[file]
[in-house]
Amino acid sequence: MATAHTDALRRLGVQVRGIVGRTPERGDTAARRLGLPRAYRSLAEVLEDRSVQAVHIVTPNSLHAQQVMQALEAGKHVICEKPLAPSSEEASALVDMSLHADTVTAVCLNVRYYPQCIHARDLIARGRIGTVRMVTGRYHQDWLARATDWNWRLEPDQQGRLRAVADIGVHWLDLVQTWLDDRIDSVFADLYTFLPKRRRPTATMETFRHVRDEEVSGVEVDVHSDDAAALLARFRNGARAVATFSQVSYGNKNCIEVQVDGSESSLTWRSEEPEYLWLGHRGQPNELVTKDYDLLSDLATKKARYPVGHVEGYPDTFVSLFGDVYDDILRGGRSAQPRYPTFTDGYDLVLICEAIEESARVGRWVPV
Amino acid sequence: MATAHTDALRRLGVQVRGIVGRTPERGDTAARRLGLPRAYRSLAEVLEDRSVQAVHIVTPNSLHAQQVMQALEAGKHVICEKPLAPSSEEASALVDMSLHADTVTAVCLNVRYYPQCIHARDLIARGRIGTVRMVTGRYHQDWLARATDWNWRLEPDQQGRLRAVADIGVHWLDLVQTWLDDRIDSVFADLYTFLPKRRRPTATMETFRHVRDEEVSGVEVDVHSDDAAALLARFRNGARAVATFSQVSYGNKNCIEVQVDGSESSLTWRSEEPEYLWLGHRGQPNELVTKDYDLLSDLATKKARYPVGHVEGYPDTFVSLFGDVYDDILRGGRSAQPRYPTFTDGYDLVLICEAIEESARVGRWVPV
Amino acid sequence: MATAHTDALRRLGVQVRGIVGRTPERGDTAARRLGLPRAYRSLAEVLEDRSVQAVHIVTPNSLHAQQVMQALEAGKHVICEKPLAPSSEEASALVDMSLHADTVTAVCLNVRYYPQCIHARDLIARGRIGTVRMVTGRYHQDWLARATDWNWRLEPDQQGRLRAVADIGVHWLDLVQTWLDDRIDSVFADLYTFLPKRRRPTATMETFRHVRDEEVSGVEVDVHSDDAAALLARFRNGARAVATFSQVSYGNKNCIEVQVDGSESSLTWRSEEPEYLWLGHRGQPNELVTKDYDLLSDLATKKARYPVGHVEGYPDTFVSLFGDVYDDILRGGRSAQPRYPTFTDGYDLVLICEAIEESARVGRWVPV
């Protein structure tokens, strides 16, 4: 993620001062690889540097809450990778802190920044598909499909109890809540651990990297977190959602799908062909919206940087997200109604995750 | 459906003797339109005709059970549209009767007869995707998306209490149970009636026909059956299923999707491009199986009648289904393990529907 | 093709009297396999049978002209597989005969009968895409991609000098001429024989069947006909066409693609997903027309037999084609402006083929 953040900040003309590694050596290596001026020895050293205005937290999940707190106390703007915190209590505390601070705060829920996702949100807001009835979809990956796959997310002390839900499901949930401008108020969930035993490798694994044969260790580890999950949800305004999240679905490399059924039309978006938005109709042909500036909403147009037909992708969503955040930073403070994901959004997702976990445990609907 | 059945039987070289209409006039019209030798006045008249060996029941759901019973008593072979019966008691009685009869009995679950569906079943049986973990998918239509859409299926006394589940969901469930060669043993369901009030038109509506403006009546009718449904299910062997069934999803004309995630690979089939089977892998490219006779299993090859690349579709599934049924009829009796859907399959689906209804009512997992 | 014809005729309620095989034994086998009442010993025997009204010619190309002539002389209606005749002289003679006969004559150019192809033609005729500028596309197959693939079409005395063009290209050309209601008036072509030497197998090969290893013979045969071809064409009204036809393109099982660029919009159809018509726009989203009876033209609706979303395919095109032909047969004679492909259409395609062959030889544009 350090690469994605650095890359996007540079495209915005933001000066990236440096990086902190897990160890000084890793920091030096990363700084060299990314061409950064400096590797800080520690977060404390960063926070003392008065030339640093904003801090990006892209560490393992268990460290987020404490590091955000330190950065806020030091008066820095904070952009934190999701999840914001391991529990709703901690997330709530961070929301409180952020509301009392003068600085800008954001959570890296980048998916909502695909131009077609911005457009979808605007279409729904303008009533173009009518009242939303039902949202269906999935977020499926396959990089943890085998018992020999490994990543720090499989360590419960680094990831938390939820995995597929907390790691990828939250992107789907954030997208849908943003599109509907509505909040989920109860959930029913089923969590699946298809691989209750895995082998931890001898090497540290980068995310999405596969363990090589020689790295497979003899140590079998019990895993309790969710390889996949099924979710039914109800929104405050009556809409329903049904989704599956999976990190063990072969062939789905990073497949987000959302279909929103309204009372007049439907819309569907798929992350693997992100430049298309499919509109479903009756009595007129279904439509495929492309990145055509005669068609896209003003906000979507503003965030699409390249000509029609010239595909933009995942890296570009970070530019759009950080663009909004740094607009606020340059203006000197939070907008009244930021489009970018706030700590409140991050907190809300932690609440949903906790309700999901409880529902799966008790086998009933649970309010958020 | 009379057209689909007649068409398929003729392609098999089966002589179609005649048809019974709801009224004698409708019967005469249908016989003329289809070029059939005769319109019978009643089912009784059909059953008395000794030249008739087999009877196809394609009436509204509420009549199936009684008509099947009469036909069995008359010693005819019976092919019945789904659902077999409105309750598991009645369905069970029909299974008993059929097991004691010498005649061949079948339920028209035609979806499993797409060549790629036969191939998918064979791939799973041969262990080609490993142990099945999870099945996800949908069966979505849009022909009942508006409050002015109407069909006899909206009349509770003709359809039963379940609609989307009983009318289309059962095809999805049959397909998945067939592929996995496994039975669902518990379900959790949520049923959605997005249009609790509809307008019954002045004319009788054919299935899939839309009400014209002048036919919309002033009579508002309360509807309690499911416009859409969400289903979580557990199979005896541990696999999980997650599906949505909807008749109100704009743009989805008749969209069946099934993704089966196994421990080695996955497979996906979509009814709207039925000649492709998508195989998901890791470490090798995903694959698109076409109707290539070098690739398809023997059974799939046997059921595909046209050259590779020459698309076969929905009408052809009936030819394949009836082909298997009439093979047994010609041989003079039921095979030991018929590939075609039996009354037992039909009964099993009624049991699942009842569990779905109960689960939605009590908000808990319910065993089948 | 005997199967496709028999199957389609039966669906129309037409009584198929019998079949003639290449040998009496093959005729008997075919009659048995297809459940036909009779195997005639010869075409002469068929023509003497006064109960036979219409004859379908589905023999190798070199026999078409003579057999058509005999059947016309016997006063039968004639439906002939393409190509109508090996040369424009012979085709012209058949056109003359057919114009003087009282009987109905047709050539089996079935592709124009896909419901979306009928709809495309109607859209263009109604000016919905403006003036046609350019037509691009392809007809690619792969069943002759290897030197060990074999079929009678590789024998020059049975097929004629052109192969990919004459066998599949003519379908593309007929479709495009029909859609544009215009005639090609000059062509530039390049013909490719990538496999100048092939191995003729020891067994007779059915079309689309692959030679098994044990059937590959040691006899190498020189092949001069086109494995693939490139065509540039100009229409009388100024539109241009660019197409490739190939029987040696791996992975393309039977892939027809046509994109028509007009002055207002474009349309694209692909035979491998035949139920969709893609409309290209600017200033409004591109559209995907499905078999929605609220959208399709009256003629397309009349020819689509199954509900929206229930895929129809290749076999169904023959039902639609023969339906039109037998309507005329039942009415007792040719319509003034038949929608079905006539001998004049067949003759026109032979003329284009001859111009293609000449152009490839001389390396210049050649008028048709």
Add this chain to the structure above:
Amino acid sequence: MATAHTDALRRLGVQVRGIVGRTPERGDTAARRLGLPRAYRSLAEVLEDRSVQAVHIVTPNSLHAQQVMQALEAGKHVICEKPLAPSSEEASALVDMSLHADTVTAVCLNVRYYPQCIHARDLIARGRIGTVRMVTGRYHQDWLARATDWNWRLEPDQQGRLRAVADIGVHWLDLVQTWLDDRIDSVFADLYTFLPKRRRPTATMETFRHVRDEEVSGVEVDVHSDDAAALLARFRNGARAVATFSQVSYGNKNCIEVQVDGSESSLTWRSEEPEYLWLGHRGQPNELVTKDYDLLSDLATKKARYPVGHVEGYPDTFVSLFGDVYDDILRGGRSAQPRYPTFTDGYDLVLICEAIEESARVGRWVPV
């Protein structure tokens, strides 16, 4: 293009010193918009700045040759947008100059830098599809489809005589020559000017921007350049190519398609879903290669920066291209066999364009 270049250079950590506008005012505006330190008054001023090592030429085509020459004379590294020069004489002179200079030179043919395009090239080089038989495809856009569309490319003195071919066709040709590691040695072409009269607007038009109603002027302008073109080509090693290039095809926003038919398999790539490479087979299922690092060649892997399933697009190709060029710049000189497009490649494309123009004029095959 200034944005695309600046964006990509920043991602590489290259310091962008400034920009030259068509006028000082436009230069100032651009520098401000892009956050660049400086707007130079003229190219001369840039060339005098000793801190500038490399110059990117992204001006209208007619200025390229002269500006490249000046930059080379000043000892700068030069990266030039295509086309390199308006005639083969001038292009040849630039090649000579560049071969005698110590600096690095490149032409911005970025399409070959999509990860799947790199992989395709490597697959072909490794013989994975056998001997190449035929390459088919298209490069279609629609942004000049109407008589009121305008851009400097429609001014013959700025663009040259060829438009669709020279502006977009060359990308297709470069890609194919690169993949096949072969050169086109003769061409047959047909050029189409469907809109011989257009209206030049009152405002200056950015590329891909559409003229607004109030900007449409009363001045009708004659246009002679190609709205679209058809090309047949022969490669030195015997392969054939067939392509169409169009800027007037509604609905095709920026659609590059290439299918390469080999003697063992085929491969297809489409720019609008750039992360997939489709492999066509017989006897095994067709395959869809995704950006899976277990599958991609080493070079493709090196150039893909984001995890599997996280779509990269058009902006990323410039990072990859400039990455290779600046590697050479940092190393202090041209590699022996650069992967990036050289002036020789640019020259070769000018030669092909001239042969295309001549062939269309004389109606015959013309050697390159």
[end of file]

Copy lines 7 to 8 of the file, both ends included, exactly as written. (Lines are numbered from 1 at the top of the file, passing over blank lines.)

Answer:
Amino acid sequence: MATAHTDALRRLGVQVRGIVGRTPERGDTAARRLGLPRAYRSLAEVLEDRSVQAVHIVTPNSLHAQQVMQALEAGKHVICEKPLAPSSEEASALVDMSLHADTVTAVCLNVRYYPQCIHARDLIARGRIGTVRMVTGRYHQDWLARATDWNWRLEPDQQGRLRAVADIGVHWLDLVQTWLDDRIDSVFADLYTFLPKRRRPTATMETFRHVRDEEVSGVEVDVHSDDAAALLARFRNGARAVATFSQVSYGNKNCIEVQVDGSESSLTWRSEEPEYLWLGHRGQPNELVTKDYDLLSDLATKKARYPVGHVEGYPDTFVSLFGDVYDDILRGGRSAQPRYPTFTDGYDLVLICEAIEESARVGRWVPV
């Protein structure tokens, strides 16, 4: 293009010193918009700045040759947008100059830098599809489809005589020559000017921007350049190519398609879903290669920066291209066999364009 270049250079950590506008005012505006330190008054001023090592030429085509020459004379590294020069004489002179200079030179043919395009090239080089038989495809856009569309490319003195071919066709040709590691040695072409009269607007038009109603002027302008073109080509090693290039095809926003038919398999790539490479087979299922690092060649892997399933697009190709060029710049000189497009490649494309123009004029095959 200034944005695309600046964006990509920043991602590489290259310091962008400034920009030259068509006028000082436009230069100032651009520098401000892009956050660049400086707007130079003229190219001369840039060339005098000793801190500038490399110059990117992204001006209208007619200025390229002269500006490249000046930059080379000043000892700068030069990266030039295509086309390199308006005639083969001038292009040849630039090649000579560049071969005698110590600096690095490149032409911005970025399409070959999509990860799947790199992989395709490597697959072909490794013989994975056998001997190449035929390459088919298209490069279609629609942004000049109407008589009121305008851009400097429609001014013959700025663009040259060829438009669709020279502006977009060359990308297709470069890609194919690169993949096949072969050169086109003769061409047959047909050029189409469907809109011989257009209206030049009152405002200056950015590329891909559409003229607004109030900007449409009363001045009708004659246009002679190609709205679209058809090309047949022969490669030195015997392969054939067939392509169409169009800027007037509604609905095709920026659609590059290439299918390469080999003697063992085929491969297809489409720019609008750039992360997939489709492999066509017989006897095994067709395959869809995704950006899976277990599958991609080493070079493709090196150039893909984001995890599997996280779509990269058009902006990323410039990072990859400039990455290779600046590697050479940092190393202090041209590699022996650069992967990036050289002036020789640019020259070769000018030669092909001239042969295309001549062939269309004389109606015959013309050697390159």